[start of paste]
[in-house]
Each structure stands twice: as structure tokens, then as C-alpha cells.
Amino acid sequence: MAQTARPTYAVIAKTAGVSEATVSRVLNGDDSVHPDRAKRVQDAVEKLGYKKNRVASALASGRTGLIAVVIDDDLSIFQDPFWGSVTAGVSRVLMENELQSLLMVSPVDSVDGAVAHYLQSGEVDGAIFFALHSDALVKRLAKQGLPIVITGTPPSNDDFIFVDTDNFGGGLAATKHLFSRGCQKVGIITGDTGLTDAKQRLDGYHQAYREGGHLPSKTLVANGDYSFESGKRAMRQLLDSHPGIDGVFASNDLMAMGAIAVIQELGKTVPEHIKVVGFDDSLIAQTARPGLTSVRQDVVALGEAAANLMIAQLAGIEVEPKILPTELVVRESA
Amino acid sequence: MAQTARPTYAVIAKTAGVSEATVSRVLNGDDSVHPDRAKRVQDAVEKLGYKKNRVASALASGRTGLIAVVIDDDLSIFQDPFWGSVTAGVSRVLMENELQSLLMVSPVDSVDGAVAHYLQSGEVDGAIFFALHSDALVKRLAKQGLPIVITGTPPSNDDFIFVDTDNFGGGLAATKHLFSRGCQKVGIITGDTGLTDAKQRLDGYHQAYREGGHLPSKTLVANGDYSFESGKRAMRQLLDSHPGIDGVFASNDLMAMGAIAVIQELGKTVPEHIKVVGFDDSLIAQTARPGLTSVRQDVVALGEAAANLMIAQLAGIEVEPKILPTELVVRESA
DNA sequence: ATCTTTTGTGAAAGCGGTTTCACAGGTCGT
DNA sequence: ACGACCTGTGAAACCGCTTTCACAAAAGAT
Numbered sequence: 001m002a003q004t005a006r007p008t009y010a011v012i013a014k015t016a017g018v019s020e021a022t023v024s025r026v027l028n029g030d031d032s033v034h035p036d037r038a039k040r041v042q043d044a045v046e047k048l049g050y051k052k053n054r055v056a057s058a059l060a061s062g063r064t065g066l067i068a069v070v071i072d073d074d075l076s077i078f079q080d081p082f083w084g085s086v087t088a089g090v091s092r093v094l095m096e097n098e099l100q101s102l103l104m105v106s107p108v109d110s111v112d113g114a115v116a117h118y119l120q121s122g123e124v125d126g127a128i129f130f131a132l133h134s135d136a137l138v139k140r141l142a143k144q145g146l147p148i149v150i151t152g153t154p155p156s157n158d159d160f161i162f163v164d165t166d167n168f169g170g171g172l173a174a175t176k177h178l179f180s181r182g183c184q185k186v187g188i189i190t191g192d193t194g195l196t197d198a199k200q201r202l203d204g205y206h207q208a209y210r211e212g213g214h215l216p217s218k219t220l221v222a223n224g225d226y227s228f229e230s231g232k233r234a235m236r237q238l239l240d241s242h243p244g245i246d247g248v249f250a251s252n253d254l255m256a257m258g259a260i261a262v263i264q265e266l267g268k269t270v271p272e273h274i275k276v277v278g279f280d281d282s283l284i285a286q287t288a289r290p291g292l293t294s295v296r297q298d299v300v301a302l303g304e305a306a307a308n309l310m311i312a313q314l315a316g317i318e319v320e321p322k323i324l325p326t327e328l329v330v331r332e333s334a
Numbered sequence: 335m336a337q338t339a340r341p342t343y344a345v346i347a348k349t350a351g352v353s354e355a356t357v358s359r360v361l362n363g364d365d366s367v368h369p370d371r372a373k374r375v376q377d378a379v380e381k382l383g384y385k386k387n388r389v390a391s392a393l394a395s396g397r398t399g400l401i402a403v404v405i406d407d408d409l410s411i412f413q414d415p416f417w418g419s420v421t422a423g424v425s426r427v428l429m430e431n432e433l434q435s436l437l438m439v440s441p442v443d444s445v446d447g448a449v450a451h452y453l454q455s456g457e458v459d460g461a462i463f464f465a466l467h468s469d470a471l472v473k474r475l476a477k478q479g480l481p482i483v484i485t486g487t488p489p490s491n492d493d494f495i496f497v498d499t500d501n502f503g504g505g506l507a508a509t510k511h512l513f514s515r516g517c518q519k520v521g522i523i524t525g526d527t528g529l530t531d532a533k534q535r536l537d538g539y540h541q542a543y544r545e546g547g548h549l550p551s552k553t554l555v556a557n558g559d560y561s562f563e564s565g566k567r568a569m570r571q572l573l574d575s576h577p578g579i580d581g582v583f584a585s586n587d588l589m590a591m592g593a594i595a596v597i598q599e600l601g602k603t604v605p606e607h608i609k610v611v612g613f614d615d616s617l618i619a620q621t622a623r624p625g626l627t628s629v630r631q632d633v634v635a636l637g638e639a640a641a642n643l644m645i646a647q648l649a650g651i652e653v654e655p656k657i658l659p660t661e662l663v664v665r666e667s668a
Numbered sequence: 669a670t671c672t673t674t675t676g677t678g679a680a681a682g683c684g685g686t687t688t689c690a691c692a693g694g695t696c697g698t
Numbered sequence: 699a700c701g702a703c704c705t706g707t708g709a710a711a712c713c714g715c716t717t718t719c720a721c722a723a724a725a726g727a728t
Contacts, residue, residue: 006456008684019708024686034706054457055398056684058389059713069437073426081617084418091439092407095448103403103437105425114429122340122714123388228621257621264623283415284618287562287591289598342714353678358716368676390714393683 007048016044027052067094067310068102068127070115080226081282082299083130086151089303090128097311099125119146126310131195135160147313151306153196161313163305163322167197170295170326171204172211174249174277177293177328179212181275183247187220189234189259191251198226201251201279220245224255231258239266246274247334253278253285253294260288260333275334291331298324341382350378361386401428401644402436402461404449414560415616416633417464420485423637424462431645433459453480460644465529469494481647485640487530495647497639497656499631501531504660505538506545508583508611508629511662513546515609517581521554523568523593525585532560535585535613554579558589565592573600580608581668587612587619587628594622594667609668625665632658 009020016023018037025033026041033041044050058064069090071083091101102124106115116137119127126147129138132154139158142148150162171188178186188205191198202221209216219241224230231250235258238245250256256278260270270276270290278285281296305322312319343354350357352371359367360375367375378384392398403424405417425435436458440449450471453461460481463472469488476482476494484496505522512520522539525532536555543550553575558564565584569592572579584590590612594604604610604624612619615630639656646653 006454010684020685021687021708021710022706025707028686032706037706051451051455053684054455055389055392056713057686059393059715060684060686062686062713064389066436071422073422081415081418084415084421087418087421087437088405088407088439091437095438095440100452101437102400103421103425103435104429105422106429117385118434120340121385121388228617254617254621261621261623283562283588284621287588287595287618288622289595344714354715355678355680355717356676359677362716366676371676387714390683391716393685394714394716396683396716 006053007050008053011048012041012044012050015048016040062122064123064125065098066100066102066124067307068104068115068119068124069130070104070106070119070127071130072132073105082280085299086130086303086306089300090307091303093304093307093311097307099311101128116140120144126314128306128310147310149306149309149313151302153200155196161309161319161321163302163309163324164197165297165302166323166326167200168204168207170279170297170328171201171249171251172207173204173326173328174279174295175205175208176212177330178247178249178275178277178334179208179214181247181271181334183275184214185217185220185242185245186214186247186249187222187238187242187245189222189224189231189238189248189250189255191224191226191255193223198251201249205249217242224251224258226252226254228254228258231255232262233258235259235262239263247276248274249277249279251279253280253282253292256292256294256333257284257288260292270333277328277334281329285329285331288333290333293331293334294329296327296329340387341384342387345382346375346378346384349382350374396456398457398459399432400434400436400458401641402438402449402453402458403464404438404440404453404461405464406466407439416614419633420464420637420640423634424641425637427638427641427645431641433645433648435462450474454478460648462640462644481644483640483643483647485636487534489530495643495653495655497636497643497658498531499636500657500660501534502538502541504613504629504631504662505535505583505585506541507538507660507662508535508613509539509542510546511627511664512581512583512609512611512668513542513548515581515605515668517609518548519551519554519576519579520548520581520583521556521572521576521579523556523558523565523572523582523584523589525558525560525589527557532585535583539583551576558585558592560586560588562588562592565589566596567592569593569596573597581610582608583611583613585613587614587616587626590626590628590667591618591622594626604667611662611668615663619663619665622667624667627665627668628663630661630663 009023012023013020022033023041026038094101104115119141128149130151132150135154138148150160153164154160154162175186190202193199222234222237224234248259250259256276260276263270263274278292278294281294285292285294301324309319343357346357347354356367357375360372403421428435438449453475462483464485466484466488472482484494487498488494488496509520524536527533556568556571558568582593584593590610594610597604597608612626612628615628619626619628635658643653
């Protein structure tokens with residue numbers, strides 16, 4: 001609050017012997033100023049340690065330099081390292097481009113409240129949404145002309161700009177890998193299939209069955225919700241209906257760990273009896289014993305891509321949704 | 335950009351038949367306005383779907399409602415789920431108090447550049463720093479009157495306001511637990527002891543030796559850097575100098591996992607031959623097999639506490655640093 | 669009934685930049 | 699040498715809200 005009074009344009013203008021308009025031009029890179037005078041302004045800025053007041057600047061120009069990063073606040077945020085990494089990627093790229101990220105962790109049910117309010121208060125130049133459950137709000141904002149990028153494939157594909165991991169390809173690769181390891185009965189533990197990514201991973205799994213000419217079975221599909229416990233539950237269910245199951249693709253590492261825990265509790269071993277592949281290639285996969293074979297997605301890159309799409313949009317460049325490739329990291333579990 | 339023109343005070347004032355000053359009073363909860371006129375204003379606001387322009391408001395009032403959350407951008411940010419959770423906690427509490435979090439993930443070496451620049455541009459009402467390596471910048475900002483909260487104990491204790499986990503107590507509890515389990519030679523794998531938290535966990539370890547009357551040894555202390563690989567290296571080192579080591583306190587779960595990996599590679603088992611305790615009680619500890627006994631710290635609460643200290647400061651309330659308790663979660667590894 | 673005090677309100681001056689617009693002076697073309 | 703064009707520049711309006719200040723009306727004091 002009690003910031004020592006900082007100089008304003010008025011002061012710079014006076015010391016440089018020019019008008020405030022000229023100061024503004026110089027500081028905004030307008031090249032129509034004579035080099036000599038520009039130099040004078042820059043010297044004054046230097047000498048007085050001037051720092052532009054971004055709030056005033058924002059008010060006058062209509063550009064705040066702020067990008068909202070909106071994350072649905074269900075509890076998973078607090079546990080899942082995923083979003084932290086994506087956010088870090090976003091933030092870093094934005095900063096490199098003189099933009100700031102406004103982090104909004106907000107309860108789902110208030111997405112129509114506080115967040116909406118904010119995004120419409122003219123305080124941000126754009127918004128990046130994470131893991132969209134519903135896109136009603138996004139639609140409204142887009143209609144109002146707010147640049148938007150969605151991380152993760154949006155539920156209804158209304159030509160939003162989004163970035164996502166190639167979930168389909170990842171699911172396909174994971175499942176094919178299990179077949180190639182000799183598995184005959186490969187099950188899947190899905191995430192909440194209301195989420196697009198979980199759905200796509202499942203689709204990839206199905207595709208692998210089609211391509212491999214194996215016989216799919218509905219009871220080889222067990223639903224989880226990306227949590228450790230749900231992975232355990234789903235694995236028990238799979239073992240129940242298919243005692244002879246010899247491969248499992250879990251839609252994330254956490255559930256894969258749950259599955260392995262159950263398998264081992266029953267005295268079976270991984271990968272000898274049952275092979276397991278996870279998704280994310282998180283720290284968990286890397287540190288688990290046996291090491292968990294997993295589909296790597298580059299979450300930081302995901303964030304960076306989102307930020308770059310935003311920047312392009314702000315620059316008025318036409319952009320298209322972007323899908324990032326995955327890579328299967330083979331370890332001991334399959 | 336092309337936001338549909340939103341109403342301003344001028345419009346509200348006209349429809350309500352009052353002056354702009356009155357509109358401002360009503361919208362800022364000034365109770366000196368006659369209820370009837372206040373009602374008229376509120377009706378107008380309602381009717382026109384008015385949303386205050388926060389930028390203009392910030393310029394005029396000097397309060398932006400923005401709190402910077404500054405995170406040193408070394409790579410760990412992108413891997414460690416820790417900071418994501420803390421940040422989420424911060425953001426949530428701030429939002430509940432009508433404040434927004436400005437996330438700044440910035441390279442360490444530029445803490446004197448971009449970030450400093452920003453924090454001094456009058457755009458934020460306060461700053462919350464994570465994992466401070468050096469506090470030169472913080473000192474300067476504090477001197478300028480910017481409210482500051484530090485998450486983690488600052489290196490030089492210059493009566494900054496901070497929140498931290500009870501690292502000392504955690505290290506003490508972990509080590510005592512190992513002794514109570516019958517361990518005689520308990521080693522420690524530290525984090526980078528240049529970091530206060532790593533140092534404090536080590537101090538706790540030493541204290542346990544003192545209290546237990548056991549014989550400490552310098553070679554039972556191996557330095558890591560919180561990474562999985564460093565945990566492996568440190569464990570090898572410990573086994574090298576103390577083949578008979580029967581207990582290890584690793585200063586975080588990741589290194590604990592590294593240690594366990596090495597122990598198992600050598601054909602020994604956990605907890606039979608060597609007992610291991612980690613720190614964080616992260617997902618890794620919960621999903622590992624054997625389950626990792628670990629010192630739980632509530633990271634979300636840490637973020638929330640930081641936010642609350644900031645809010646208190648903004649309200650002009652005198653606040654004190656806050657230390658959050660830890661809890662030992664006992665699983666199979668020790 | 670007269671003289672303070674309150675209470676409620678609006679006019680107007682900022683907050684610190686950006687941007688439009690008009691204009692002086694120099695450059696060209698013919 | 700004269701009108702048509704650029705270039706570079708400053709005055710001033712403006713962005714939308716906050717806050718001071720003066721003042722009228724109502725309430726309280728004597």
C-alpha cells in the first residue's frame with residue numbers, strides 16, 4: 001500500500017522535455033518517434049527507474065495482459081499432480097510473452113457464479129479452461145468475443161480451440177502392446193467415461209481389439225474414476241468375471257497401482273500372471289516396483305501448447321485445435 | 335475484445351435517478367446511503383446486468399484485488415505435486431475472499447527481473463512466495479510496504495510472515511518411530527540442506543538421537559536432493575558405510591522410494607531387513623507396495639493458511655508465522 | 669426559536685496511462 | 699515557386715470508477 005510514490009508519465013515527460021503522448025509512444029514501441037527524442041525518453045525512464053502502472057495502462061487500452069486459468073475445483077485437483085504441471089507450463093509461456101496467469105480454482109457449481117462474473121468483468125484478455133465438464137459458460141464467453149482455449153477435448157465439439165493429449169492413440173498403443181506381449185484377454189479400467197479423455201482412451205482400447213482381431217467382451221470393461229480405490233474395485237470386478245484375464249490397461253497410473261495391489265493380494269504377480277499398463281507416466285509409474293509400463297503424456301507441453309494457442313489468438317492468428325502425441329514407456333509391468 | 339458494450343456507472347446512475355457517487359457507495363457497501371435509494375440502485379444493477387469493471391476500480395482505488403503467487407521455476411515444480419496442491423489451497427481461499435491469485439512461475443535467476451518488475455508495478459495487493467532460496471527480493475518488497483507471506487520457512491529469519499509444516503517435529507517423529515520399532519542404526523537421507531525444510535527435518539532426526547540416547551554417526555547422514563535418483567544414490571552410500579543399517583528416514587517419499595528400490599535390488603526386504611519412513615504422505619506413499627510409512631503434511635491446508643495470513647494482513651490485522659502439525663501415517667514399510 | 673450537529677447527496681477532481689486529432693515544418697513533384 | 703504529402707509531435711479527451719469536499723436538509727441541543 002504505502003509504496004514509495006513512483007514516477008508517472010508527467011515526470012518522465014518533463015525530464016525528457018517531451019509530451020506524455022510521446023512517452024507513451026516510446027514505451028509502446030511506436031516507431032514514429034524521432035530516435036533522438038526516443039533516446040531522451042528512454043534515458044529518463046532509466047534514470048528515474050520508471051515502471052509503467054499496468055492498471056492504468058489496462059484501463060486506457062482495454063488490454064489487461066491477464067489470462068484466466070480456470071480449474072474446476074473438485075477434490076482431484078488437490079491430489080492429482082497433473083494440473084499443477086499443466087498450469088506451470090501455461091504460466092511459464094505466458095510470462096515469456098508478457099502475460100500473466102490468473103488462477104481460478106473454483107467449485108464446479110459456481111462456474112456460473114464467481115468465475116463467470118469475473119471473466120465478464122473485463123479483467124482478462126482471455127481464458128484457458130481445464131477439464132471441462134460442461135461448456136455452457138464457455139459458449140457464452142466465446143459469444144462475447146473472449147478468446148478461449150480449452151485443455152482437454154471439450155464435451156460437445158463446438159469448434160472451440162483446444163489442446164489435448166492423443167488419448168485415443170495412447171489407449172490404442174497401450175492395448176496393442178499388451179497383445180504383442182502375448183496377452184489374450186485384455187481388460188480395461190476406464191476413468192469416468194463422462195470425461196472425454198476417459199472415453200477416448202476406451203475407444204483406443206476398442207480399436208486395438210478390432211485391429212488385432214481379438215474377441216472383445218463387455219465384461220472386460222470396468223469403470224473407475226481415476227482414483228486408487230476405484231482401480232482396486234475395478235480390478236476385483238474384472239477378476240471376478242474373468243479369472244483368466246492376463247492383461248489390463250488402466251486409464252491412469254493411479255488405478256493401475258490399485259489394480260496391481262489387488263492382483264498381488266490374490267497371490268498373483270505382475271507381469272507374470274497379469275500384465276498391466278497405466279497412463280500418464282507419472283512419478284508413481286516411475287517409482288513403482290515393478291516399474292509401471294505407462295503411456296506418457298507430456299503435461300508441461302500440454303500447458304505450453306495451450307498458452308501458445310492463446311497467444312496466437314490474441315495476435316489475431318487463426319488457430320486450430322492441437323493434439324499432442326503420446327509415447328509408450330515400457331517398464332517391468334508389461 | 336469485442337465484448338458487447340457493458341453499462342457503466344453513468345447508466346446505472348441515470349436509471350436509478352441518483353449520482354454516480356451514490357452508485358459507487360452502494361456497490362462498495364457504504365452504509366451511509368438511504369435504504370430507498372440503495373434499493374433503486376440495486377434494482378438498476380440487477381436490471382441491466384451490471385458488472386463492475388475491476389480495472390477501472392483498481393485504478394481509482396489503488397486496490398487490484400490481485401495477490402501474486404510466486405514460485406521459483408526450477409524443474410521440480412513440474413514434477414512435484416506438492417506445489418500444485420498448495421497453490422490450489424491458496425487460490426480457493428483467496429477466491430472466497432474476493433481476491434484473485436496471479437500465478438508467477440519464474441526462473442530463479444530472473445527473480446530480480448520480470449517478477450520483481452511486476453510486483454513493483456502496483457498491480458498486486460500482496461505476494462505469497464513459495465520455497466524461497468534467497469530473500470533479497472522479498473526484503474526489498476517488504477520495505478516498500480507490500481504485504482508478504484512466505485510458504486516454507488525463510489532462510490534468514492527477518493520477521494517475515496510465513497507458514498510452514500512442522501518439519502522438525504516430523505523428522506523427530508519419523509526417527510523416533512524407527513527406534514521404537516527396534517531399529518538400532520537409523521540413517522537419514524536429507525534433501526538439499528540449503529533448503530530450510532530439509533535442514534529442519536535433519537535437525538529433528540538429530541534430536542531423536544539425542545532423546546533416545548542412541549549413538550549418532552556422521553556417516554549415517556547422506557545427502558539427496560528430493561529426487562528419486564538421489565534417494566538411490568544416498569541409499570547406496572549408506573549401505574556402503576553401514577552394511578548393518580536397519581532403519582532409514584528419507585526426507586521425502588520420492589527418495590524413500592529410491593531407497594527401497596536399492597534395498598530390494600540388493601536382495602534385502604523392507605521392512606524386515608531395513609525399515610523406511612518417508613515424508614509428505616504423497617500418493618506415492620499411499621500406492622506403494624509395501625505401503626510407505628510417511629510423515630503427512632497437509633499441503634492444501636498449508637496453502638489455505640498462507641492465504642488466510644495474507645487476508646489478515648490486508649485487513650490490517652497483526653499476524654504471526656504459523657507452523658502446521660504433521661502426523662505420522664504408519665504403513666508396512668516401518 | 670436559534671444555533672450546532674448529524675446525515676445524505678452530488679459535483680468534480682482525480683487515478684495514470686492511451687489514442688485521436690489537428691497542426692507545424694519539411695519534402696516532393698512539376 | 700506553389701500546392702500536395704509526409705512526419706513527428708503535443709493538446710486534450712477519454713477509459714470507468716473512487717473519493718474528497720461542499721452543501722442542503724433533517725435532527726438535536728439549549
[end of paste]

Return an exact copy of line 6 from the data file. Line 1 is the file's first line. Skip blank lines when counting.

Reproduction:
DNA sequence: ACGACCTGTGAAACCGCTTTCACAAAAGAT